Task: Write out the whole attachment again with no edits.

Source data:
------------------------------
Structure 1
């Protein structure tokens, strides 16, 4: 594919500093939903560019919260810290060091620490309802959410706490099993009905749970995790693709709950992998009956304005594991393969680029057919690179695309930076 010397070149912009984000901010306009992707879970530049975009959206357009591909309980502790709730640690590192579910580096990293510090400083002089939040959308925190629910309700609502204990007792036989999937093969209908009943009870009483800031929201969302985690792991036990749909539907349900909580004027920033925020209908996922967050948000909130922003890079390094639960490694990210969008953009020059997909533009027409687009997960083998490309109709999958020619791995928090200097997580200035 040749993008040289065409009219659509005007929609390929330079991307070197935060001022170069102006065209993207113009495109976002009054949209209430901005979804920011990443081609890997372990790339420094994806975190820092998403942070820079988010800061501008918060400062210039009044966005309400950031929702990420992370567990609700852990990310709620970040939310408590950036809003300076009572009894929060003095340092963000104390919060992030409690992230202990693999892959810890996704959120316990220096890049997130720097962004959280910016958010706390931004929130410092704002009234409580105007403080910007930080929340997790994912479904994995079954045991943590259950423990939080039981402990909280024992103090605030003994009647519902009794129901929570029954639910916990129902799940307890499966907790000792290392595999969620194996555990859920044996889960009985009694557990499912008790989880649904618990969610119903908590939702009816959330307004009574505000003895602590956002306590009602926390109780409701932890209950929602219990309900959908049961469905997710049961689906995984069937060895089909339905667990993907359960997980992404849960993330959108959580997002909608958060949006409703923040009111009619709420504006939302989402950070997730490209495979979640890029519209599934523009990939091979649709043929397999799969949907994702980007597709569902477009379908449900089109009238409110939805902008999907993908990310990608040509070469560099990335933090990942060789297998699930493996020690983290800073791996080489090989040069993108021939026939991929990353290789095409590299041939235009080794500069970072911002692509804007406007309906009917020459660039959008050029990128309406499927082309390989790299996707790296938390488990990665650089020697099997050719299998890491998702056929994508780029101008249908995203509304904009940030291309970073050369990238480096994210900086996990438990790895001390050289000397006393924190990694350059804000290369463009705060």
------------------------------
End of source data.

Structure 1
């Protein structure tokens, strides 16, 4: 594919500093939903560019919260810290060091620490309802959410706490099993009905749970995790693709709950992998009956304005594991393969680029057919690179695309930076 010397070149912009984000901010306009992707879970530049975009959206357009591909309980502790709730640690590192579910580096990293510090400083002089939040959308925190629910309700609502204990007792036989999937093969209908009943009870009483800031929201969302985690792991036990749909539907349900909580004027920033925020209908996922967050948000909130922003890079390094639960490694990210969008953009020059997909533009027409687009997960083998490309109709999958020619791995928090200097997580200035 040749993008040289065409009219659509005007929609390929330079991307070197935060001022170069102006065209993207113009495109976002009054949209209430901005979804920011990443081609890997372990790339420094994806975190820092998403942070820079988010800061501008918060400062210039009044966005309400950031929702990420992370567990609700852990990310709620970040939310408590950036809003300076009572009894929060003095340092963000104390919060992030409690992230202990693999892959810890996704959120316990220096890049997130720097962004959280910016958010706390931004929130410092704002009234409580105007403080910007930080929340997790994912479904994995079954045991943590259950423990939080039981402990909280024992103090605030003994009647519902009794129901929570029954639910916990129902799940307890499966907790000792290392595999969620194996555990859920044996889960009985009694557990499912008790989880649904618990969610119903908590939702009816959330307004009574505000003895602590956002306590009602926390109780409701932890209950929602219990309900959908049961469905997710049961689906995984069937060895089909339905667990993907359960997980992404849960993330959108959580997002909608958060949006409703923040009111009619709420504006939302989402950070997730490209495979979640890029519209599934523009990939091979649709043929397999799969949907994702980007597709569902477009379908449900089109009238409110939805902008999907993908990310990608040509070469560099990335933090990942060789297998699930493996020690983290800073791996080489090989040069993108021939026939991929990353290789095409590299041939235009080794500069970072911002692509804007406007309906009917020459660039959008050029990128309406499927082309390989790299996707790296938390488990990665650089020697099997050719299998890491998702056929994508780029101008249908995203509304904009940030291309970073050369990238480096994210900086996990438990790895001390050289000397006393924190990694350059804000290369463009705060």